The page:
February Disa hikes to Silvermine, Kirstenbosch and Slangkop

  

by Diana Studer

- gardening for biodiversity

 in Cape Town, South Africa

 

Gentle hike with the Ungardener's repaired knee at Silvermine. I found a blue Disa graminifolia. He could already outpace me.

 

Disa graminifolia
Disa graminifolia


Hiking among wildflowers

in the mountains

around Cape Town

 

My Fynbos Rambles to Silvermine Crags for Aspalathus crenata with pale veined leaves. Phylica dioica ivory velvet buds and dull brownish star flowers. Ursinia dentata translucent bracts and a nother yellow daisy on the upper side.

 

February flowers on Silvermine Crags
February flowers on Silvermine Crags

Kirstenbosch for red Disa uniflora Pride of Table Mountain.

 

Disa uniflora
Disa uniflora

Erica nudiflora (not hairy flowers) with furry Erica hirtiflora. Mountain cypress Widdringtonia nodiflora has cones with four scales.

 

Ericas and Widdringtonia
Ericas and
Widdringtonia

Black, white and buttery yellow delicately marked spider. Southern blackleg orbweaver. Trichonephila fenestrata fenestrata.

 

Southern blackleg orbweaver
Southern blackleg orbweaver

Helichrysum nudifolium - daisy but with unexpected broad leaves. 'Culturally, medicinally, and historically, this species is one of the most important in South Africa. Leafy greens, incense and traditional medicine' - from that PZA link. Warning colours on poisonous caterpillar of Christmas butterfly eating blister bush Notobubon galbanum. Agathosma buchu.

 

Helichrysum caterpillar and buchu
Helichrysum
caterpillar and buchu

Slangkop to find fresh flowers after a mid-December fire. Here a reminder of how fynbos bounces back after an earlier fire, the standing dead protea bushes above the new green. Blue mountains, starting left with Hout Bay's Sentinel and Klein Leeukoppie, a corner of Table Mountain, and Chapman's Peak.

 

Slangkop after an earlier fire
Slangkop after an earlier fire

This we wanted to find. Haemanthus sanguineus April Fool (a little early). In all its stages from a soft coral ear emerging from white sand and dark ash, to opening flowers, and a gone to seed already. Munching caterpillar.

 

Haemanthus sanguineus
Haemanthus sanguineus

Second target was Erica ferrea. So hard to find that particular pink erica, just a few bushes. Some plants recover from fire with masses of seedlings. Woody ones like protea family are often resprouters. Burnt cone and fresh green leaves of Leucadendron salignum.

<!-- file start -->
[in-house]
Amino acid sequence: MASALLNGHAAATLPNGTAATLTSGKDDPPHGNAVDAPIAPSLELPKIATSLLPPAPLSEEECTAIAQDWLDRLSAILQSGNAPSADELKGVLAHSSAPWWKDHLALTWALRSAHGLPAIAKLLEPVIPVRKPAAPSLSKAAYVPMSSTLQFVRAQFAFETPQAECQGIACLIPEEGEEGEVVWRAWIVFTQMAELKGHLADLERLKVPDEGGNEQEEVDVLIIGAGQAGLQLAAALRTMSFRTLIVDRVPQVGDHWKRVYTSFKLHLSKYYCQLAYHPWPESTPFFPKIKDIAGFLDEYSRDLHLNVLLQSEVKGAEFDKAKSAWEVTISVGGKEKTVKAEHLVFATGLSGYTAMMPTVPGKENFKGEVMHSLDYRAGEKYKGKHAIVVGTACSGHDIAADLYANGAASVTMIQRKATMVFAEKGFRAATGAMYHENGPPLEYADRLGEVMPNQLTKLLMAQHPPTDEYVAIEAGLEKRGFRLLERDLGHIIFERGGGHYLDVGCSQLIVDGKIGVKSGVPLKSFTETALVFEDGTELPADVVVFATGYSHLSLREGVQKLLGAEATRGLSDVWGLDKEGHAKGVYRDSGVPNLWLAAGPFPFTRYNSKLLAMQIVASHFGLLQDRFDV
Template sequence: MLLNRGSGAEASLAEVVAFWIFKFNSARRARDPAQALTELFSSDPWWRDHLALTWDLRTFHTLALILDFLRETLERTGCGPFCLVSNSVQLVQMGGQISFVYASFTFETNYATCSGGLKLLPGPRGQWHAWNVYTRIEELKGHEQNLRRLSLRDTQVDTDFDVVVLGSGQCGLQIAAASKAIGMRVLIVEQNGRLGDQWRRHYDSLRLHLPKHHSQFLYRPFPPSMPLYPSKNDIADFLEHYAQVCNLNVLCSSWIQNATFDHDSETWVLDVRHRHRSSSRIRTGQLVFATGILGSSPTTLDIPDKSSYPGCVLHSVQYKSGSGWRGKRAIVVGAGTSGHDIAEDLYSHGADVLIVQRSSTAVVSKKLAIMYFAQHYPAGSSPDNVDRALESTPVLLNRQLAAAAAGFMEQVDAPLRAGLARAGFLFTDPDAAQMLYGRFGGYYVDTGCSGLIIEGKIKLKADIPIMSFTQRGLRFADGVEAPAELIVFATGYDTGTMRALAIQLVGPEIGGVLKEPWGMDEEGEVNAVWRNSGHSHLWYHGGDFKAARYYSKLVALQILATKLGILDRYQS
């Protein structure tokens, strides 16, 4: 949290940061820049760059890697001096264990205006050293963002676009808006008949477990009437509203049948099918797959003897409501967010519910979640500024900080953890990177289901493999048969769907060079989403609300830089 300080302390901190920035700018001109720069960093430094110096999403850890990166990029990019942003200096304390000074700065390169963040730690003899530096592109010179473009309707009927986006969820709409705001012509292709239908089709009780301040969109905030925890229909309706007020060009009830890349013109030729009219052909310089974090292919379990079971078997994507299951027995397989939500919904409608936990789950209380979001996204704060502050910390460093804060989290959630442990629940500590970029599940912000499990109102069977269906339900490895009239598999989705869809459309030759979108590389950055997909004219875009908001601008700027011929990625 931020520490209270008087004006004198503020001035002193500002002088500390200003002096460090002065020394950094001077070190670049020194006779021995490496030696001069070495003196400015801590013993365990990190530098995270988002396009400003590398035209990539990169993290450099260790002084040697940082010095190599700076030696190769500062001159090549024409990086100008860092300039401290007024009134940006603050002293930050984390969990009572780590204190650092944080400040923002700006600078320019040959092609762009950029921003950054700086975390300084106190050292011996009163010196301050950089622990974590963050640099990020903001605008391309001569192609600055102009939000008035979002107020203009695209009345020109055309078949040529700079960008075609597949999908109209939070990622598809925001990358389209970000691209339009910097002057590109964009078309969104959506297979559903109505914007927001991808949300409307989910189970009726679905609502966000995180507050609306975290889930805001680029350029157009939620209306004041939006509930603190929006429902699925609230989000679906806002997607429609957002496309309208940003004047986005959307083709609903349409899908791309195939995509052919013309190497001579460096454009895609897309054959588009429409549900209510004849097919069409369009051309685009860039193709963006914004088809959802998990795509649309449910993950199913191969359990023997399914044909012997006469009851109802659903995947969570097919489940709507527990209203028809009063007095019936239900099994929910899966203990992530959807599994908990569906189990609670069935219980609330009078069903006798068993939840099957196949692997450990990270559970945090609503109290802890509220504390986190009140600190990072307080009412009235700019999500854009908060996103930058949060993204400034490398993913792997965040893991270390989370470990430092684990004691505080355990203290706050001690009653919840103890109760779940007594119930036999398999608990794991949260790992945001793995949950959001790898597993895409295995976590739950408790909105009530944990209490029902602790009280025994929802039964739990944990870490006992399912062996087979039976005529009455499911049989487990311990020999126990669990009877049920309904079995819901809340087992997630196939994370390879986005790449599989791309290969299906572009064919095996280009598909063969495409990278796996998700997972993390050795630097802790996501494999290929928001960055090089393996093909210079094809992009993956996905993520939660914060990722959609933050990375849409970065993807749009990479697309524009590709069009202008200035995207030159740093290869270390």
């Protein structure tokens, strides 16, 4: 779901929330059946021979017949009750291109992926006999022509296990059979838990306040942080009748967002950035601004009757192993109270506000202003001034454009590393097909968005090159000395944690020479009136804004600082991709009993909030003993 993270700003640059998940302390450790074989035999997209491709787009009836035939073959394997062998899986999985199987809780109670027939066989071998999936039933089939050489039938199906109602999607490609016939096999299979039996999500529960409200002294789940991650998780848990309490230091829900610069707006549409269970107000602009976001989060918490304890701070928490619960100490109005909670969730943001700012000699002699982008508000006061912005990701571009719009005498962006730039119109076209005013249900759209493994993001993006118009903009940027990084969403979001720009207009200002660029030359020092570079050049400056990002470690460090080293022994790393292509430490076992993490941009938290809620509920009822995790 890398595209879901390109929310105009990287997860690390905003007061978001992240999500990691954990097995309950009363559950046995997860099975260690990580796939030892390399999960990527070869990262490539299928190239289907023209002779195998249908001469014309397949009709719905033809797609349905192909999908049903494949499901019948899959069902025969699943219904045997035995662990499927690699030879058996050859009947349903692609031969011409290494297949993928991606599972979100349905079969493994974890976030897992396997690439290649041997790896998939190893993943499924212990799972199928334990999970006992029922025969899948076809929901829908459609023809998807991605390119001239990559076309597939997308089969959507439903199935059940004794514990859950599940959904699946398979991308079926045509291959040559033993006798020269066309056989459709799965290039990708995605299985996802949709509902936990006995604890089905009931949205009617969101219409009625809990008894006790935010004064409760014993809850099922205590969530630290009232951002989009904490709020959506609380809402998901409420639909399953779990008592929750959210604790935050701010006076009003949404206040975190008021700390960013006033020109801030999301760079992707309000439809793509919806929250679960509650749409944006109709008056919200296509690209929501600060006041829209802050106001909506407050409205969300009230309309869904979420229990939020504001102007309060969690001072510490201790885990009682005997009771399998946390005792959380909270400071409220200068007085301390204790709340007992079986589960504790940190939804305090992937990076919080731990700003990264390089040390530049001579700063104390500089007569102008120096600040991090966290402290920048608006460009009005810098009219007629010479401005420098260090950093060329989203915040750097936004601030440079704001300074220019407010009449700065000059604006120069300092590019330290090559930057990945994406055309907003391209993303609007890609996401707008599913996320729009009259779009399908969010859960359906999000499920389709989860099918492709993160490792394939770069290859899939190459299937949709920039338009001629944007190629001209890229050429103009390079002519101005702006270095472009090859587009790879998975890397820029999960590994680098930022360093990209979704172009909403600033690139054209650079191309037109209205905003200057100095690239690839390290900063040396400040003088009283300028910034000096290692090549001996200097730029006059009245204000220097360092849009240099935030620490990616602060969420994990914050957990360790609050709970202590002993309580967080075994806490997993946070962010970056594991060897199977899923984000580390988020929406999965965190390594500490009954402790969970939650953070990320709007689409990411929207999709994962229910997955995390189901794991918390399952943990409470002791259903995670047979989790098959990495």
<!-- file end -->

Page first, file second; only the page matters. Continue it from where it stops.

Erica and Leucadendron
Erica and Leucadendron

Surprised to see Oftia africana covered in berries ripening to lush burgundy. The leopard graffiti has new seashore companions, a wading bird with a swimming fish.

 

Oftia berries
Oftia berries

Our hikes are listed on my page.

 

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Pictures by Diana Studer

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Comments

  1. So good to see these beautiful flowers, Diana. Thank you!

    ReplyDelete
  2. I'm glad the Ungardener's knee is back in full operating form! As always, I love the flowers in your part of the world. The 2 Disa flowers are especially attractive to my eyes.

    ReplyDelete
    Replies
    1. His knee is getting better. March has been, interesting.

      Delete
  3. Always so many new (to me) and stunningly beautiful plants and blooms! April Fool is a stunner. Glad you're both doing well. If I ever get to South Africa, I hope I'll be able to hike a bit and take in some of these plentiful, colorful blooms!

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  4. So beautiful... Well, apart from the spider... I don't like those things! :D

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  5. Your plants are always so interesting especially the Haemanthus sanguineus which is remarkable! Love the spider and caterpillars, of course. :-)

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  6. Visiting your blog is always travelling for me. All these exotic plants. Wonderful!!!
    All my best dear Diana!
    Have a happy happy time
    Elisabeth

    ReplyDelete
  7. Dear Diana,
    I am always happy when I see the magical fynbos vegetation. But I am particularly happy about the sight of Haemanthus sanguineus today - this colour, this shape, stunning!
    Hugs from Austria,
    Traude
    https://rostrose.blogspot.com/2022/03/von-fischen-die-tomaten-dungen-von.html

    ReplyDelete

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